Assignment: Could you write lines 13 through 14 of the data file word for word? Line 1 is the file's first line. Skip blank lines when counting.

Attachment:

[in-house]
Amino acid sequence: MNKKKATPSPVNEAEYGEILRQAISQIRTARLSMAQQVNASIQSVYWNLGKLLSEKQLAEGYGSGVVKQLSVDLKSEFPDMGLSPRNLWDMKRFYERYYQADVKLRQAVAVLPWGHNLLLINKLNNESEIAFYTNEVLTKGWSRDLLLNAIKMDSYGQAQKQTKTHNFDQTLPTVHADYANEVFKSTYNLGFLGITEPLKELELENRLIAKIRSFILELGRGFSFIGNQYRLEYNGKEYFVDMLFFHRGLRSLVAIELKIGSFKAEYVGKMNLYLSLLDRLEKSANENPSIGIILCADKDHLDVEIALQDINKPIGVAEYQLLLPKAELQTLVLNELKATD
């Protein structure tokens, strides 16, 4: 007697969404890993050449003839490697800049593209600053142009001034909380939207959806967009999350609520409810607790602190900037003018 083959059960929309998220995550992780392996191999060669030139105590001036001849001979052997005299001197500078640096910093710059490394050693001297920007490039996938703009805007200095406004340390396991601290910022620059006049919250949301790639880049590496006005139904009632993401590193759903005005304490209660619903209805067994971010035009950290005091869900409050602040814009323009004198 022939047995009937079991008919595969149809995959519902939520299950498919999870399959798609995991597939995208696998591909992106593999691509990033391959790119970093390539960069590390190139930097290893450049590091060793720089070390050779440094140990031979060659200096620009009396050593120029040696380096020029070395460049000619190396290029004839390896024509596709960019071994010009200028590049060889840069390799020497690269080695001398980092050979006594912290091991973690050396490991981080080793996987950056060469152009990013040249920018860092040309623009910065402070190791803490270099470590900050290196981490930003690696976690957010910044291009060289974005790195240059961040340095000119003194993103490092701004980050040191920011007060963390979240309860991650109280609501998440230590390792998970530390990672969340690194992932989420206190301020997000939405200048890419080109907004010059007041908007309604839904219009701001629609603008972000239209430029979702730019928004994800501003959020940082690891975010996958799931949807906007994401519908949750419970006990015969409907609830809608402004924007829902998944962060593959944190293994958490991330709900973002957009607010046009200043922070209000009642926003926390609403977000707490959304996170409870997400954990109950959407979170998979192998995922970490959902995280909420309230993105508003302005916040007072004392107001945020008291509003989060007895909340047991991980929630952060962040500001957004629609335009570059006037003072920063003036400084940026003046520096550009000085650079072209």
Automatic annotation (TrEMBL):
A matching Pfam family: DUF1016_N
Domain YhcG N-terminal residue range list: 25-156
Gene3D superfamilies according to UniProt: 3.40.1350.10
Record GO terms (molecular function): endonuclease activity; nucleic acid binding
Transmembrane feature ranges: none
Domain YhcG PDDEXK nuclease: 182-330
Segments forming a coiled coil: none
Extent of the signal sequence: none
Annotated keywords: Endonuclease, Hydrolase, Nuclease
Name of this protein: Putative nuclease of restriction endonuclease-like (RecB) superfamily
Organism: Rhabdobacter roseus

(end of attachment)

Annotated keywords: Endonuclease, Hydrolase, Nuclease
Name of this protein: Putative nuclease of restriction endonuclease-like (RecB) superfamily